The authors' choice of a craniotomy-naive rat cohort for statistical comparison with their craniotomy-PDC–treated rats' IENFD appears, therefore, to be an unfortunate methodological choice. Even if the reader accepts that statistical analysis demonstrated a significant difference between the naive and PDC2-treated groups' IENFD (Fig. 2; P = 0.047), a problem remains. The trouble with this statistical result is that although the PDC2 group has undergone both surgery and bilateral PDC infusion, the naive group has undergone neither of these insults. Instead, comparison of the authors' craniotomy-PDC–infused (unilateral “PDC1” and bilateral “PDC2”) rat groups with their craniotomy-Ringer's solution–infused rat group seems a more appropriate IENFD control. This latter group was subjected to the same cranial trauma that their PDC-treated rat groups were, thus controlling for the effect of this surgical insult to the CNS. By their own statistical analysis, the authors report no significant differences in IENFD between these 3 study groups (Fig. 2).

Furthermore, interpretation of the authors' data is hindered by the small number of observations within each of their experimental cohorts. This is particularly apparent in their analysis of the PDC2 group (N = 4), and when they conclude that the IENFD in a single rat (IENFD = 15.15 fibers/mm), whose microinjectors were “outside the insula,” suggested to them that the, “PDC effect may exhibit anatomical specificity to the insula.” We contend that an analysis of such small samples, including that of a single data point, is difficult and questionable at best.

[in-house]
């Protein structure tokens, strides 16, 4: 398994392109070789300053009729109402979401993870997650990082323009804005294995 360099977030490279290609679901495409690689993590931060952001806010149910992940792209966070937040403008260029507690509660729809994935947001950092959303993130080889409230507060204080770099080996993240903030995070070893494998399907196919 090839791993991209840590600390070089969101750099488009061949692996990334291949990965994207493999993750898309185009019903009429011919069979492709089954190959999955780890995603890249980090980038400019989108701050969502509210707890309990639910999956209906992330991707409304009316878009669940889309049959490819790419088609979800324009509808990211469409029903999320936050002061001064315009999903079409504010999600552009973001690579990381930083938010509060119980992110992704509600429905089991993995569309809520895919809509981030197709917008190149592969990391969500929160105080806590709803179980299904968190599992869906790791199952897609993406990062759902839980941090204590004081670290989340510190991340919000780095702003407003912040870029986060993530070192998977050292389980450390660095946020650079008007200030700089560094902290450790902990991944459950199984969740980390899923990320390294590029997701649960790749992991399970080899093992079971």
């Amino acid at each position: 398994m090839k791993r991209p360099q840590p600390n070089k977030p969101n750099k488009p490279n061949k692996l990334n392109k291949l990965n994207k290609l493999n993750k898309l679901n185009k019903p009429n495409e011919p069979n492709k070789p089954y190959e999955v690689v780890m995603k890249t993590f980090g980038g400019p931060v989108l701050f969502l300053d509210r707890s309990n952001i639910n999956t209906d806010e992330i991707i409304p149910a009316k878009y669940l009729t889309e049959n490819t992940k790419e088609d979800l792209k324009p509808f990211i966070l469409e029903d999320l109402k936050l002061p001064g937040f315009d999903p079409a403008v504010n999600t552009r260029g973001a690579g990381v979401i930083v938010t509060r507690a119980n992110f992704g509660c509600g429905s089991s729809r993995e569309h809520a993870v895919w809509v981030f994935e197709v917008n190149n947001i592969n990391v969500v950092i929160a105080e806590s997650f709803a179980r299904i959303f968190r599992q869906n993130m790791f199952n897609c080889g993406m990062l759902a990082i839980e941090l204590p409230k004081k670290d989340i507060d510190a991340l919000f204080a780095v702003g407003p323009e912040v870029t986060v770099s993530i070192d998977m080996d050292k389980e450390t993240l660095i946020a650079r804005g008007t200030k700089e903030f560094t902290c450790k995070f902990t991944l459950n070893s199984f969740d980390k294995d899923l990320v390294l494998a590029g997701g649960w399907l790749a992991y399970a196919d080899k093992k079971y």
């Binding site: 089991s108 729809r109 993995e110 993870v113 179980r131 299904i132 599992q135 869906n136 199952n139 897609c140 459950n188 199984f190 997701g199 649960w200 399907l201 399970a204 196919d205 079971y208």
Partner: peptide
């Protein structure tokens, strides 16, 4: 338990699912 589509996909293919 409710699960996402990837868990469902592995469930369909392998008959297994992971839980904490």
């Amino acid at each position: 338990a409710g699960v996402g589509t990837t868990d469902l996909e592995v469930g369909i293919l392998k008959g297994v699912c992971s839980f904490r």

We also have concerns for the authors' observation that there were no substantial differences in the morphological features of the cytoarchitecture within the brain regions of the rats infused with PDC (Fig. 3). Our perusal of the “INS” (ie, insula)-labeled photomicrographs from the Ringer-treated and the PDC-treated groups (Fig. 3B) suggests a visible difference in the apparent morphology of this delicate tissue (evaluation with iMac Pro; resolution 5120 × 2880 pixels). Of course, we understand the potential difficulties in our judging published, web-based photomicrographs. We would merely suggest that the authors might have considered reporting the results of a controlled, blinded, systematically scored tabulation of the tissue slices used to grade and detect any such brain cytoarchitectural disruption, thus strengthening their “glutamate has done no harm” contention.